It was a fairly uneventful weekend at the box-office, as two holdovers managed to maintain the top two spots of the week. After the final numbers came in last week, The Hangover had managed to barely eke out a win over Up. This week, their positions stayed the same: The Hangover added another $33 million to its total take, bringing it to $105 million in 10 days. It’ll be the year’s biggest R-Rated film by end of business Monday, surpassing The Watchmen’s $107 million. I think it’s also fair to say, if there’s such a thing anymore, that The Hangover is the year’s biggest sleeper hit.
Up on the other hand, is shaping up to be quite likely the biggest movie of the year, and like last year’s The Dark Knight, it deserves it. I love it when we get the amazing confluence of critical and box-office success. After only three weeks, Up is already approaching $200 million, and given the dearth of broad family-friendly movies this summer, it has a very good chance of surpassing Star Trek, which is the number one film of the year so far, at $232 million (it’s finally slowing, adding only $5.5 million this last weekend).
In third place, Denzel Washington’s The Taking of Pelham 1 2 3 put up respectable numbers for an adult-targeted film, grossing a decent $25 million. Sony head, Rory Bruer insist he’s pleased with the opening. “Third place and happy about it,” he said. Uh huh.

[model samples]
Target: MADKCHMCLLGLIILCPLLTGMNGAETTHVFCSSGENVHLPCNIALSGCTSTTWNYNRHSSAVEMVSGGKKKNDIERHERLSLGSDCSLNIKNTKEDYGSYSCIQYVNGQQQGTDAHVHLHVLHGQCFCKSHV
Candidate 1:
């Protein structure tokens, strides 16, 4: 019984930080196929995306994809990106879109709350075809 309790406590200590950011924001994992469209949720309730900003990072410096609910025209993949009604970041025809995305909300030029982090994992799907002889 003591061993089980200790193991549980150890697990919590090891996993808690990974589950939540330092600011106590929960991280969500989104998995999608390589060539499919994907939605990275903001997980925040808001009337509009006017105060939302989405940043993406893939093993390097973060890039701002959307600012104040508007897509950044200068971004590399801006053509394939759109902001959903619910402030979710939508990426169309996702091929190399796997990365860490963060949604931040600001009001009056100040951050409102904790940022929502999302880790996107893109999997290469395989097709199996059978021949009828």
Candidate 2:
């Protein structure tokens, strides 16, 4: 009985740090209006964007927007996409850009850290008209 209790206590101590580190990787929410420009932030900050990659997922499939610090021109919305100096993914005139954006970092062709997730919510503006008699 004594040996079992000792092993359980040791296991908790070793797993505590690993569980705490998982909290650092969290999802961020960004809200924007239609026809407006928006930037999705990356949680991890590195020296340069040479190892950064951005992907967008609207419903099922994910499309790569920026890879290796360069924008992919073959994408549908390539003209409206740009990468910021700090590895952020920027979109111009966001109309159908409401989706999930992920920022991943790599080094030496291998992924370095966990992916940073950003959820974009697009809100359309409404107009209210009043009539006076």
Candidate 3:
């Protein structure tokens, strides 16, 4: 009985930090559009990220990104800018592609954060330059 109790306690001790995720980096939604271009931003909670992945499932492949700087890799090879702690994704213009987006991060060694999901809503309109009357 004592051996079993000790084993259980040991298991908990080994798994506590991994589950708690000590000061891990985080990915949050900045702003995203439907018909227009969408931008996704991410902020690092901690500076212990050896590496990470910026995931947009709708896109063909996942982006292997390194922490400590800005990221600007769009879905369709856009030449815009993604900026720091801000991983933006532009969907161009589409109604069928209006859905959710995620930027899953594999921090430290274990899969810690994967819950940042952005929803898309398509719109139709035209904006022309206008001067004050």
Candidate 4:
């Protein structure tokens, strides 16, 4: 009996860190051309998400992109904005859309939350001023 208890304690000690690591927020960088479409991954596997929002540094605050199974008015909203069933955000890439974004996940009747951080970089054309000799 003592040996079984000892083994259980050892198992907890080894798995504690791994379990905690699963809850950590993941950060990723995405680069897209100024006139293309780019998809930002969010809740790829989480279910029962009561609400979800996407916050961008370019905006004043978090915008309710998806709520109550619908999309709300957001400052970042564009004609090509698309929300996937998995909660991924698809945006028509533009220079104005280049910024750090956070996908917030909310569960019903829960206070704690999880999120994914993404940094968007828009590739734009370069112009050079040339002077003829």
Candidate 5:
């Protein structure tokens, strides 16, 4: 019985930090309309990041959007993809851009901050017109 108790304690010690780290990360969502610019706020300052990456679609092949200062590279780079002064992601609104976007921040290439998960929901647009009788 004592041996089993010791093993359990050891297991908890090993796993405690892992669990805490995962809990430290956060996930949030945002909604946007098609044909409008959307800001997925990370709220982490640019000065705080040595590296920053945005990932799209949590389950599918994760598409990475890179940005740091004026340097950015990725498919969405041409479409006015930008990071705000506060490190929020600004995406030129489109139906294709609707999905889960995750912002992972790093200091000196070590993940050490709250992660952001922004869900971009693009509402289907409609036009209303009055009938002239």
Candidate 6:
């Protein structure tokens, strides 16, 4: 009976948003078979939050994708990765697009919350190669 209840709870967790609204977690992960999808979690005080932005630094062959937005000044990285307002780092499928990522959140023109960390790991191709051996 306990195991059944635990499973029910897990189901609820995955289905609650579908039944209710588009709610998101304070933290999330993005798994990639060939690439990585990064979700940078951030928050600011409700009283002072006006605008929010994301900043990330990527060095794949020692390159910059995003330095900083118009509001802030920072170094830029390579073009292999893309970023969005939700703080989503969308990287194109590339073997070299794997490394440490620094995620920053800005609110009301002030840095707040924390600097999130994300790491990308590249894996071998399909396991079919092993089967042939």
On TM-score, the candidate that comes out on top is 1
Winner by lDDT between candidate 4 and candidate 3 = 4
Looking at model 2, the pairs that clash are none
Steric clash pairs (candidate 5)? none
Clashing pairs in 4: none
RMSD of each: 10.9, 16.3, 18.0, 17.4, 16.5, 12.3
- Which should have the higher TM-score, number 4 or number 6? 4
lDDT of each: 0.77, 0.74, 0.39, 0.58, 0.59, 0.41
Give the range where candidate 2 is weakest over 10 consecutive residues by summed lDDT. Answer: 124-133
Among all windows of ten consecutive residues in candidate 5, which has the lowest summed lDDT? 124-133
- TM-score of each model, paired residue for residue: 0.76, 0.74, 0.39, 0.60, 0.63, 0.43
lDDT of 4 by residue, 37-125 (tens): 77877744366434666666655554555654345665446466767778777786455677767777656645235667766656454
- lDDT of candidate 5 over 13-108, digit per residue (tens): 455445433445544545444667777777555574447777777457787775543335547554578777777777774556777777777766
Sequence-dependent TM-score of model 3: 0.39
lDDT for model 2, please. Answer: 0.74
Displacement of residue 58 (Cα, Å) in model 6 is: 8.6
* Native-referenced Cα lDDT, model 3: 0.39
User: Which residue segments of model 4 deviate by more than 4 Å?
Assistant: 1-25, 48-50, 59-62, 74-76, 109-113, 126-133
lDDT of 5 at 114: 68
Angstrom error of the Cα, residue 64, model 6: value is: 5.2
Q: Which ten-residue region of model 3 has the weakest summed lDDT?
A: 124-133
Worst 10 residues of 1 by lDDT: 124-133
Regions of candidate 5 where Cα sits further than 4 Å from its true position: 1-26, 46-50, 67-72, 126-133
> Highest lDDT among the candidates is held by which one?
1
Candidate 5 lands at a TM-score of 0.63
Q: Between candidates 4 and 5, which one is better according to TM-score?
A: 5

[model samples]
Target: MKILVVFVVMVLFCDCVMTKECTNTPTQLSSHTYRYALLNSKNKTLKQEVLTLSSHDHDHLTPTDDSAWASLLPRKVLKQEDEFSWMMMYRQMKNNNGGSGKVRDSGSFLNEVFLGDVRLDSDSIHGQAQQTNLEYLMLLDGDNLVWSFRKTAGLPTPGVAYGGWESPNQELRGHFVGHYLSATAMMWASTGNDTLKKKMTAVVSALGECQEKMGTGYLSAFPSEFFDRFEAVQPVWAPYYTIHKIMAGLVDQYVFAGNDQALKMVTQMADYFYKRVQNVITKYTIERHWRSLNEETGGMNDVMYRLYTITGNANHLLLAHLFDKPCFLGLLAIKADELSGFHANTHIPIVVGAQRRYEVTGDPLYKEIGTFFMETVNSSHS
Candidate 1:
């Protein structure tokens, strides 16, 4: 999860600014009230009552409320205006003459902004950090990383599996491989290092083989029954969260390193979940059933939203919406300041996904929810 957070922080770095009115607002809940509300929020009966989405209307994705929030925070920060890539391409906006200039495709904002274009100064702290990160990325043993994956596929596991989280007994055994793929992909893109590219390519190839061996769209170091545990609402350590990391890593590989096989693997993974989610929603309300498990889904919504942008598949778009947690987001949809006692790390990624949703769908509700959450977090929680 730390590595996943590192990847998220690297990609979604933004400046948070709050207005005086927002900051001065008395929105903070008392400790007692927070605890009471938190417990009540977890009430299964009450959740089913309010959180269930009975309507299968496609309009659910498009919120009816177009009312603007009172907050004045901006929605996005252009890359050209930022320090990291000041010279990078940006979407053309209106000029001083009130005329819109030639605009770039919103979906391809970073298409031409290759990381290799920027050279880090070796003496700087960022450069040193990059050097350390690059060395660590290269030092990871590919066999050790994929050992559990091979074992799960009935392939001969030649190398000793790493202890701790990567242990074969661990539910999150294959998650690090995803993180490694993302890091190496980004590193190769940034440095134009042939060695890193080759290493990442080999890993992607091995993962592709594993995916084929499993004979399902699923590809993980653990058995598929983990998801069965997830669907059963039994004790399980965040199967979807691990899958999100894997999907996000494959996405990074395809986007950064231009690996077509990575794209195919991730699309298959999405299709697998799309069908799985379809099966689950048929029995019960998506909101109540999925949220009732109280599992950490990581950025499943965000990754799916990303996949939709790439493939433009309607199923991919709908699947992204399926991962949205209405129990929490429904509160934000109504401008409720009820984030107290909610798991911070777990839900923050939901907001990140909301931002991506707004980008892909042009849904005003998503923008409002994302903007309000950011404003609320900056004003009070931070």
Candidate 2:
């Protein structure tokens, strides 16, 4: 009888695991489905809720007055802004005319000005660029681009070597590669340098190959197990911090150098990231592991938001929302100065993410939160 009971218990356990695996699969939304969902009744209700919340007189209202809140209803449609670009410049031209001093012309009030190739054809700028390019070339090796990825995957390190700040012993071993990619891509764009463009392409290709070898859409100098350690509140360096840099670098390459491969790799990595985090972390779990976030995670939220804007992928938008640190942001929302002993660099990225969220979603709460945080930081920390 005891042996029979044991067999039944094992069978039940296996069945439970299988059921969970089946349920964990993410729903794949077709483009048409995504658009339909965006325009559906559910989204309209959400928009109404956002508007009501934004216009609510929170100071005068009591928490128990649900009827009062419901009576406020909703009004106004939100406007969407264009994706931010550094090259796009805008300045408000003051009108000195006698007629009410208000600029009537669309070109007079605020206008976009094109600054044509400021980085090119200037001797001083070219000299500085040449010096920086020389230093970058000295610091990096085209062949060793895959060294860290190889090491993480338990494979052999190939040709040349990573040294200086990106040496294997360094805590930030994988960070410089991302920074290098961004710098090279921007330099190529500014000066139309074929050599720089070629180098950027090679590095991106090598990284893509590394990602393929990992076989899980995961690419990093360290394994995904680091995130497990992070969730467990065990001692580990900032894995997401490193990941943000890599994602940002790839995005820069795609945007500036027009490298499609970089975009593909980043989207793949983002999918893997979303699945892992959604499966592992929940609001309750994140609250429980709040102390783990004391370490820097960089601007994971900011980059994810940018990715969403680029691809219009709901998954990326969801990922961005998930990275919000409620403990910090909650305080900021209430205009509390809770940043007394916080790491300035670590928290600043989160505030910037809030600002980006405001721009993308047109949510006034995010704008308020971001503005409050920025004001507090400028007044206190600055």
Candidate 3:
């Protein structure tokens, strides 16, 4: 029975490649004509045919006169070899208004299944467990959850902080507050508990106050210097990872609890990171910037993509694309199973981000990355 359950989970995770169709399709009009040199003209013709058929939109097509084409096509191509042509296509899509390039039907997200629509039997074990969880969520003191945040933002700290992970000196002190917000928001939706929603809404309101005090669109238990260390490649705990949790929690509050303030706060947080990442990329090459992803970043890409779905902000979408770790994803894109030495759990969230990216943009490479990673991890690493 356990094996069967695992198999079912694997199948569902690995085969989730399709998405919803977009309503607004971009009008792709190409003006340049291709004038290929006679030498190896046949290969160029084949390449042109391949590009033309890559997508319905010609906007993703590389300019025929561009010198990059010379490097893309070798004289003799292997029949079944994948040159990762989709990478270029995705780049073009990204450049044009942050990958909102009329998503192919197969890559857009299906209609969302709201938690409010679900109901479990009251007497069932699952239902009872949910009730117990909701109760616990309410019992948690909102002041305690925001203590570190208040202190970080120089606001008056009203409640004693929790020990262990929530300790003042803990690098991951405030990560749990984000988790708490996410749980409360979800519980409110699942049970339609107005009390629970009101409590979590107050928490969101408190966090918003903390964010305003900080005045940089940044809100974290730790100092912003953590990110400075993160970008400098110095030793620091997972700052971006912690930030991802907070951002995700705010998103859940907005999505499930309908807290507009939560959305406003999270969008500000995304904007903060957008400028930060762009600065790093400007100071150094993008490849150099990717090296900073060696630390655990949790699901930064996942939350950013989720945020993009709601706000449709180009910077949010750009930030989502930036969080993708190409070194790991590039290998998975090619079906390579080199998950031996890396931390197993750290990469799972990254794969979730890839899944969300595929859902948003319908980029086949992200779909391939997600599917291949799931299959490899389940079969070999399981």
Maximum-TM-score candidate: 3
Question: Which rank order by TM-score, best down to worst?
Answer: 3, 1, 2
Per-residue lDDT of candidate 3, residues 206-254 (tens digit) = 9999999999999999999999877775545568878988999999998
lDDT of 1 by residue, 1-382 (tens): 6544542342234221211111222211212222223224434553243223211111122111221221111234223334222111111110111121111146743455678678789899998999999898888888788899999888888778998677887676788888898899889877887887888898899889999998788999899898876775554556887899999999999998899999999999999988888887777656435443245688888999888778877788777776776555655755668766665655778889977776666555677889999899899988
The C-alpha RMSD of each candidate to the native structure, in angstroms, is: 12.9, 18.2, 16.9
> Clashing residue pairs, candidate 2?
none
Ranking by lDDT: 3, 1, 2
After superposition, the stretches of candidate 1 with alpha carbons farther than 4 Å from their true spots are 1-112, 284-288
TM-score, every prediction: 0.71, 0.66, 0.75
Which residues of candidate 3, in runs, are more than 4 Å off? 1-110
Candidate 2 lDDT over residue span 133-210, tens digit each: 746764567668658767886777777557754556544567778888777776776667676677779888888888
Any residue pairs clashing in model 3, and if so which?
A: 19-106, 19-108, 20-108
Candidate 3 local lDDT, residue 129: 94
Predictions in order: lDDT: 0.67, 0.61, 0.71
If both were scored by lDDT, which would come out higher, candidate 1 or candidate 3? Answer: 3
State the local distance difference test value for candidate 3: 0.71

Well, we know who’s not happy about a sixth place opening, and that’s Eddie Murphy, whose family film, Imagine That, despite reviews that were not atrocious, only eked about $5.6 million, in line with the debut of last summer’s Eddie Murphy flick, Meet Dave, which opened with $5.1 million. I suppose we all know what that means: Norbit sequel. Either that, or Murphy best jump on that Beverly Hills Cop sequel before he loses all of his box-office clout.
Our review of Imagine That will be up later today.
Meanwhile, in limited release, Francis Ford Coppolla’s Tetro put up a solid $15,000 per screen average, though reviews are mixed, and I’m not sure we get paid enough to review a Vincent Gallo black-and-white film. We’ll see. However, Sam Rockwell’s Moon put up even better numbers in more theaters, averaging $18,000 per screen. We’ll have that review up later today. Likewise, Food, Inc., a documentary about the corporate-controlled food industry, put up a big $21,000 per screen. We’ll have that review later this week.
Here are your top five:
1. The Hangover ($33 million, $105 million)
2. Up ($30 million, $187 million)
3. The Taking of Pelham 1 2 3 ($25 million)
4. Night at the Museum II< (9.6 million, $143 million)
5. Land of the Lost ($9.1 million, $34 million)